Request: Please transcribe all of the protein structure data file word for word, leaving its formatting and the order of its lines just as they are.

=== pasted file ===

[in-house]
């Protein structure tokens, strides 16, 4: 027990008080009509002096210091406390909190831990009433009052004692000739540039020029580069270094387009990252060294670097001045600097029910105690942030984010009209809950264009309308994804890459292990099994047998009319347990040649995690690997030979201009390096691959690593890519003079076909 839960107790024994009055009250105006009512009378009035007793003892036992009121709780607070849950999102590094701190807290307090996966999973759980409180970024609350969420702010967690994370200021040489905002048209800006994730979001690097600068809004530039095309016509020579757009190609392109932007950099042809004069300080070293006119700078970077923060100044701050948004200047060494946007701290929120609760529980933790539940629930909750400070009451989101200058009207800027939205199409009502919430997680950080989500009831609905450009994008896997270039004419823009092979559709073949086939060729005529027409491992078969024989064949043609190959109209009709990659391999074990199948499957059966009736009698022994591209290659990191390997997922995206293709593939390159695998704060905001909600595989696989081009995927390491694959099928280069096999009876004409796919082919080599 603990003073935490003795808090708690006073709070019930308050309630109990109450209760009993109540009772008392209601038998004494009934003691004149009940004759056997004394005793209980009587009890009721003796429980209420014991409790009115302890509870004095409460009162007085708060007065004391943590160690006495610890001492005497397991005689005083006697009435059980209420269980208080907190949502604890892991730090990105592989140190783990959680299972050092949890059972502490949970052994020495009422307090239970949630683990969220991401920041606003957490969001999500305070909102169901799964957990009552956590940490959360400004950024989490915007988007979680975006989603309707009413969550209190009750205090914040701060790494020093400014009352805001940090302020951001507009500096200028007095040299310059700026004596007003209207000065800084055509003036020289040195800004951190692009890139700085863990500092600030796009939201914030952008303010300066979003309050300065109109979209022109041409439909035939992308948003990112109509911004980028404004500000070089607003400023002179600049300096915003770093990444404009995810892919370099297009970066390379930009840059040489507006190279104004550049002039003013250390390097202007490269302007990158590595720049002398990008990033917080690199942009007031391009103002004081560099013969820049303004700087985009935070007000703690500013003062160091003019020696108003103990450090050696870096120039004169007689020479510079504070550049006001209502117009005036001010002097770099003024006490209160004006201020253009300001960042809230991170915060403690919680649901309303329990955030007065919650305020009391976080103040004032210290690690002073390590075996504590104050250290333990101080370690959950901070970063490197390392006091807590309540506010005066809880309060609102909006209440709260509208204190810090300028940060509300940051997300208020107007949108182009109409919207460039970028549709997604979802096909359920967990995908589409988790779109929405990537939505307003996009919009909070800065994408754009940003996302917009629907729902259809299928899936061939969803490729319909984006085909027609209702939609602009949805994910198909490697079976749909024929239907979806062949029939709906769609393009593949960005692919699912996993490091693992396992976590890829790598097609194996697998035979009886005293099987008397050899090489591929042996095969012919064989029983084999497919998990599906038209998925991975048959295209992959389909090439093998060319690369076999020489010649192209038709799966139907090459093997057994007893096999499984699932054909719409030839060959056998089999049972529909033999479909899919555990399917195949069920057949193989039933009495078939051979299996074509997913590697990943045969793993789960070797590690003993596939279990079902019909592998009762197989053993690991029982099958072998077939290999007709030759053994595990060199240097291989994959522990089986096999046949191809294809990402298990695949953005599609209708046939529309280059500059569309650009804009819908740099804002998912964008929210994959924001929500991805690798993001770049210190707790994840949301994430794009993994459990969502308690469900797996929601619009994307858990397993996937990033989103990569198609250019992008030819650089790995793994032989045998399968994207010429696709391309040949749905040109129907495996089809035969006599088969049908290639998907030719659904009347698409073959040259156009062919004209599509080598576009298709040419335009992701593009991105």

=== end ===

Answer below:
[in-house]
């Protein structure tokens, strides 16, 4: 027990008080009509002096210091406390909190831990009433009052004692000739540039020029580069270094387009990252060294670097001045600097029910105690942030984010009209809950264009309308994804890459292990099994047998009319347990040649995690690997030979201009390096691959690593890519003079076909 839960107790024994009055009250105006009512009378009035007793003892036992009121709780607070849950999102590094701190807290307090996966999973759980409180970024609350969420702010967690994370200021040489905002048209800006994730979001690097600068809004530039095309016509020579757009190609392109932007950099042809004069300080070293006119700078970077923060100044701050948004200047060494946007701290929120609760529980933790539940629930909750400070009451989101200058009207800027939205199409009502919430997680950080989500009831609905450009994008896997270039004419823009092979559709073949086939060729005529027409491992078969024989064949043609190959109209009709990659391999074990199948499957059966009736009698022994591209290659990191390997997922995206293709593939390159695998704060905001909600595989696989081009995927390491694959099928280069096999009876004409796919082919080599 603990003073935490003795808090708690006073709070019930308050309630109990109450209760009993109540009772008392209601038998004494009934003691004149009940004759056997004394005793209980009587009890009721003796429980209420014991409790009115302890509870004095409460009162007085708060007065004391943590160690006495610890001492005497397991005689005083006697009435059980209420269980208080907190949502604890892991730090990105592989140190783990959680299972050092949890059972502490949970052994020495009422307090239970949630683990969220991401920041606003957490969001999500305070909102169901799964957990009552956590940490959360400004950024989490915007988007979680975006989603309707009413969550209190009750205090914040701060790494020093400014009352805001940090302020951001507009500096200028007095040299310059700026004596007003209207000065800084055509003036020289040195800004951190692009890139700085863990500092600030796009939201914030952008303010300066979003309050300065109109979209022109041409439909035939992308948003990112109509911004980028404004500000070089607003400023002179600049300096915003770093990444404009995810892919370099297009970066390379930009840059040489507006190279104004550049002039003013250390390097202007490269302007990158590595720049002398990008990033917080690199942009007031391009103002004081560099013969820049303004700087985009935070007000703690500013003062160091003019020696108003103990450090050696870096120039004169007689020479510079504070550049006001209502117009005036001010002097770099003024006490209160004006201020253009300001960042809230991170915060403690919680649901309303329990955030007065919650305020009391976080103040004032210290690690002073390590075996504590104050250290333990101080370690959950901070970063490197390392006091807590309540506010005066809880309060609102909006209440709260509208204190810090300028940060509300940051997300208020107007949108182009109409919207460039970028549709997604979802096909359920967990995908589409988790779109929405990537939505307003996009919009909070800065994408754009940003996302917009629907729902259809299928899936061939969803490729319909984006085909027609209702939609602009949805994910198909490697079976749909024929239907979806062949029939709906769609393009593949960005692919699912996993490091693992396992976590890829790598097609194996697998035979009886005293099987008397050899090489591929042996095969012919064989029983084999497919998990599906038209998925991975048959295209992959389909090439093998060319690369076999020489010649192209038709799966139907090459093997057994007893096999499984699932054909719409030839060959056998089999049972529909033999479909899919555990399917195949069920057949193989039933009495078939051979299996074509997913590697990943045969793993789960070797590690003993596939279990079902019909592998009762197989053993690991029982099958072998077939290999007709030759053994595990060199240097291989994959522990089986096999046949191809294809990402298990695949953005599609209708046939529309280059500059569309650009804009819908740099804002998912964008929210994959924001929500991805690798993001770049210190707790994840949301994430794009993994459990969502308690469900797996929601619009994307858990397993996937990033989103990569198609250019992008030819650089790995793994032989045998399968994207010429696709391309040949749905040109129907495996089809035969006599088969049908290639998907030719659904009347698409073959040259156009062919004209599509080598576009298709040419335009992701593009991105």